The events on the ground only continued to escalate. Mousavi made his first appearance (after rumors of him being under house arrest flooded the web). Under direction from Iran’s Supreme Ayatollah, Ruhollah Khomeini, the Guardian Council began a partial recount. Even members of the Iranian football (soccer) team wore green armbands during their game with South Korea. Green is the color of the opposition movement.
It was also this week that social media companies really became involved in the crisis. Twitter moved its downtime after a request from the U.S. government and Facebook released a Persian translation to give Iranians Facebook in Farsi.
Warning: from this point on, some of the content is disturbing and can get graphic.
From Wikipedia: 2009 Iranian election protests, June 15 to June 18
Candle-bearing protesters massed in central Tehran on Thursday near Toopkhaneh square, following a call by Mousavi to commemorate those who were killed on Monday’s protests. Varying reports placed the crowd size between “tens of thousands” and “more than 100,000.” A second, simultaneous protest with several hundred participants took place near the UN headquarters, while a counter rally was held by hard line students protesting former President Akbar Hashemi Rafsanjani’s role in the pro-Mousavi protests.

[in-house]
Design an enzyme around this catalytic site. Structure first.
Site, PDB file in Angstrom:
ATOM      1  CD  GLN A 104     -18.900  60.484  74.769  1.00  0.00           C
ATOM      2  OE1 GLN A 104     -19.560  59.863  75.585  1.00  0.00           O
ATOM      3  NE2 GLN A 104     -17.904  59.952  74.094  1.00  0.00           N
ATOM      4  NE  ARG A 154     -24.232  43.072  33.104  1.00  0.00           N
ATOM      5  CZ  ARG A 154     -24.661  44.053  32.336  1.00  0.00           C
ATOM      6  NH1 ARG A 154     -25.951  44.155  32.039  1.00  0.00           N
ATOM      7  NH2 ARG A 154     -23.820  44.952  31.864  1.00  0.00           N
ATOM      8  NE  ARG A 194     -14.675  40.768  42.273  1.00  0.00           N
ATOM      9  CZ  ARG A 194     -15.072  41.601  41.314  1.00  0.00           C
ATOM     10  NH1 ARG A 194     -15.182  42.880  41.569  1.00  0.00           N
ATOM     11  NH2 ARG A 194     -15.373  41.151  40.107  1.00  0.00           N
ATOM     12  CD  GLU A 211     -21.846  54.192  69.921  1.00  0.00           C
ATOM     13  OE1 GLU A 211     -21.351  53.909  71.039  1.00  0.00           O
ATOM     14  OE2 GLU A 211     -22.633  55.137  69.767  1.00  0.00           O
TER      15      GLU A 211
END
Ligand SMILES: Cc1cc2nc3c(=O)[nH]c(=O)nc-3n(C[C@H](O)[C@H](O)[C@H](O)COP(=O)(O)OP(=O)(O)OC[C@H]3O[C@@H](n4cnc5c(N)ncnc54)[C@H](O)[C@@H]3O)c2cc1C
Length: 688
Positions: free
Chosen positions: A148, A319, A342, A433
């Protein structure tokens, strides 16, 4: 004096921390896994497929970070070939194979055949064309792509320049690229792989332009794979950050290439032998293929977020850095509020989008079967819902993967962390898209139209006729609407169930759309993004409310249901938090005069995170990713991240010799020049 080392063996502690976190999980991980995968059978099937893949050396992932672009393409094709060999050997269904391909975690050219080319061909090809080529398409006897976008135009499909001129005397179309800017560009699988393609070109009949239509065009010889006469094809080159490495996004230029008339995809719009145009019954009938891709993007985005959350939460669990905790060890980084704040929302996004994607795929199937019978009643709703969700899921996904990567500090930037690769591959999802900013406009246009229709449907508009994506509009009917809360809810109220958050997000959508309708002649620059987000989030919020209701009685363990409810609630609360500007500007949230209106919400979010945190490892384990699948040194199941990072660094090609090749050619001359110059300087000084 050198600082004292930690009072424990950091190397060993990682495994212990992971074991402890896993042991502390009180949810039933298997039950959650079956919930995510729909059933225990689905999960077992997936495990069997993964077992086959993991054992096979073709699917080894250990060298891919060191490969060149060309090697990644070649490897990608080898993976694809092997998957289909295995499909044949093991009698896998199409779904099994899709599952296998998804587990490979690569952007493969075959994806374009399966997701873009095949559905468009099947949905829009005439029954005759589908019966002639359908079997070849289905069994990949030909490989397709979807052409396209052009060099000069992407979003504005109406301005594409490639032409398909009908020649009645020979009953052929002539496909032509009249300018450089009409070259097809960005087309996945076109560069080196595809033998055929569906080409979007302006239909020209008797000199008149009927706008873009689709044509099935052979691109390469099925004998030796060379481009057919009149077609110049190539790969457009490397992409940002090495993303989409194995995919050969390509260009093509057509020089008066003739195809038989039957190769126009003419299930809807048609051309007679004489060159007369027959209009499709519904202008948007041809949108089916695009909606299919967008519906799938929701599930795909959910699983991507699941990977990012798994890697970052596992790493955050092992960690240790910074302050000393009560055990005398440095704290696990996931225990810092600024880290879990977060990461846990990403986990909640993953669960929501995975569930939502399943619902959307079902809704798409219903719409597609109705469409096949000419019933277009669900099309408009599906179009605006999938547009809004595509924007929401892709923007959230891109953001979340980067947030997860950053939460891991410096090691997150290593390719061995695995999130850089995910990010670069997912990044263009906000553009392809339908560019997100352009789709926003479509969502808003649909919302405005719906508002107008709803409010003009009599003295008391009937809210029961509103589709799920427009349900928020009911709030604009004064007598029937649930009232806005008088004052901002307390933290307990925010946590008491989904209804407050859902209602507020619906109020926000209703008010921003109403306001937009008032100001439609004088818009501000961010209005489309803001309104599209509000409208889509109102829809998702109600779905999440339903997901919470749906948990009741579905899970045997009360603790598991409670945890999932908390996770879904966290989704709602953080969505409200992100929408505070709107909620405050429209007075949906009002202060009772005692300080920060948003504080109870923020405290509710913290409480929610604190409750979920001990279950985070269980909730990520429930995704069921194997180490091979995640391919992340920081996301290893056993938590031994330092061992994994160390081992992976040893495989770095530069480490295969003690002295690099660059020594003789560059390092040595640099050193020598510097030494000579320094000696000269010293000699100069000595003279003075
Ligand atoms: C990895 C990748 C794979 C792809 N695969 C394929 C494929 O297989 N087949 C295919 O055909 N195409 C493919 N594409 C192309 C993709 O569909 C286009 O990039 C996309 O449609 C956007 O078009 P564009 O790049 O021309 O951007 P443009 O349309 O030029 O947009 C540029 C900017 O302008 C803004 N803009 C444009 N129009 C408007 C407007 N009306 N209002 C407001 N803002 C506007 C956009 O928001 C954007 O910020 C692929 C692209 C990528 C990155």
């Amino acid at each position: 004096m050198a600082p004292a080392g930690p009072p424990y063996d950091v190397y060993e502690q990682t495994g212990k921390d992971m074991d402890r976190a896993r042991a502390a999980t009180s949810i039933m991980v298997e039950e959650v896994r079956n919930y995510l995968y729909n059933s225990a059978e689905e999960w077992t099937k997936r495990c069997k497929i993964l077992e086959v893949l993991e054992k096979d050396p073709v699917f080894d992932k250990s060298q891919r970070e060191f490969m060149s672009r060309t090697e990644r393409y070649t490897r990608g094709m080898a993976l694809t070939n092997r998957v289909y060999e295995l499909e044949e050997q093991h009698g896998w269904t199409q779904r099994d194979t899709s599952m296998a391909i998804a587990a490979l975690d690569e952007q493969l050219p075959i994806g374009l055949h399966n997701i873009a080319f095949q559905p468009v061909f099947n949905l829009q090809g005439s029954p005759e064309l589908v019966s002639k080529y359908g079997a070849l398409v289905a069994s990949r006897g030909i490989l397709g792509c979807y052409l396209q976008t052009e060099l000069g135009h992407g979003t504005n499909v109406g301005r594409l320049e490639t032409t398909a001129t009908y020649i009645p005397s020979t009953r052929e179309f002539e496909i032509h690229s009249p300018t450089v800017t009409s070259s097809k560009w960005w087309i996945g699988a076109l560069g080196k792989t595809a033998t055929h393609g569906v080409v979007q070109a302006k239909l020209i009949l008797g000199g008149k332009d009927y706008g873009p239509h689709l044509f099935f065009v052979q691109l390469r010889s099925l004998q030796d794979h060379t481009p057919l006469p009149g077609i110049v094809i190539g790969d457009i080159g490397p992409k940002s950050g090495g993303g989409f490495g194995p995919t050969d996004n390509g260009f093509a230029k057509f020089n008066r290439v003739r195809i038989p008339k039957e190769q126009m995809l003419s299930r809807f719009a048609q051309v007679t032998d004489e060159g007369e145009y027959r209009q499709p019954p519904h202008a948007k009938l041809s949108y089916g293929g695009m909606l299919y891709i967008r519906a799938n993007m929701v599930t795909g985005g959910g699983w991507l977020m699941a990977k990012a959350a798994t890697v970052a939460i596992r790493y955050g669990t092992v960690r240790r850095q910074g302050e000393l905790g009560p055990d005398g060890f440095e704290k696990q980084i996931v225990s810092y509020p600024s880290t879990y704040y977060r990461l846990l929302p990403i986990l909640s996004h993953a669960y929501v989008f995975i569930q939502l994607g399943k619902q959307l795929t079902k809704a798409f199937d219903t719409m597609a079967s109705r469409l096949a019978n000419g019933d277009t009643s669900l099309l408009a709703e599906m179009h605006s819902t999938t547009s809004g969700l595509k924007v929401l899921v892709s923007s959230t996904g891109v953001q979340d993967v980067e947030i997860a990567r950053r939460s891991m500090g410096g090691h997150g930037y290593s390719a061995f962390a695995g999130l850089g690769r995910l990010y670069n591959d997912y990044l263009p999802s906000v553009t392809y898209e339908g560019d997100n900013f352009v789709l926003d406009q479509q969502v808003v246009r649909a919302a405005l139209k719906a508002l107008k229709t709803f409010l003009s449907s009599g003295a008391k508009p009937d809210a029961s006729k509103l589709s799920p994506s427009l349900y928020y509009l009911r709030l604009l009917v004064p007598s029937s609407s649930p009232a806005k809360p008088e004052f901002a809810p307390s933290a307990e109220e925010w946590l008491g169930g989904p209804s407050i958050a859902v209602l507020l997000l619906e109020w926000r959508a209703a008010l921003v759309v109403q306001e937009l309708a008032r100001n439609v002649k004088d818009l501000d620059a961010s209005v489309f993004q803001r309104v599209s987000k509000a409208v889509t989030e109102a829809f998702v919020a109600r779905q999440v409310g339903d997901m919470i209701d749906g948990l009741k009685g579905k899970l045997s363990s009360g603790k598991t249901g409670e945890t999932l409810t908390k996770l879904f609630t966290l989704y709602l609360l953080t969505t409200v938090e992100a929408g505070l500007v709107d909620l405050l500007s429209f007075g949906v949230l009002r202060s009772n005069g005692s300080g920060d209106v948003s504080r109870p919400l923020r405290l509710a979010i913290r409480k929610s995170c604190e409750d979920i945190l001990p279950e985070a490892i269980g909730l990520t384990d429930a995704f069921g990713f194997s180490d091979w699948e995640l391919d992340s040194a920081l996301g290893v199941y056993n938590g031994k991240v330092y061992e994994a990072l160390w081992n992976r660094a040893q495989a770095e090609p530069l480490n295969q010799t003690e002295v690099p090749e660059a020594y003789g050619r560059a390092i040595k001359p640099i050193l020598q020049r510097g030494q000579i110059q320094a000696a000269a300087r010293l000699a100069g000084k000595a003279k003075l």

From Twitter: Twitter Search, #IranElection, June 15-16 and June 17-18
From Flickr: Iran Election, June 15-18 and Iran Protests, June 15-18
From YouTube: Iran Election, June 15 to
June 19-21: Violent Escalation and Neda Soltani
Iran took a turn for the worse on the weekend of the 19th, 20th, and 21st. It marks the bloodiest days in the Iran election crisis so far. Social media spread dozens of videos, web tools, and multimedia from within Iran.
The biggest story of the weekend, however, is Neda Soltani, a young Iranian woman who was fatally shot by the Basij and died on camera. This video has become a rallying cry for people worldwide against the violence the Iranian government has inflicted upon protesters.
What you will see below is some of the most disturbing and painful material we’ve ever seen. It’s a reflection of the deteriorating situation in Iran.
From Wikipedia: 2009 Iranian election protests, June 20 and Neda Soltani
State-run television reported that at least 10 were killed and 100 injured on Saturday, as thousands of protesters swept into the streets of Tehran, in open defiance of warnings issued Friday by Iran’s Supreme Leader and Security Council. A young Iranian woman, identified as Neda Soltani, was shot by the Basij and died in front of recording cameras on Kargar Avenue in Tehran. Highly graphic amateur videos of the killing rapidly spread virally across the internet to many websites, including Facebook and YouTube.
From Twitter: Twitter Search, #IranElection, June 19, June 20, June 21
From Flickr: Iran Election, June 19-21 and Iran Protests, June 19-21
Credit: Armin Ghasemi
Credit: Armin Ghasemi
Credit: Iran 360i
From YouTube: Iran Election, June 19 — June 20, and June 21
WARNING: Some of the videos below are graphic, including the video of Neda Soltani. Please watch at your own discretion.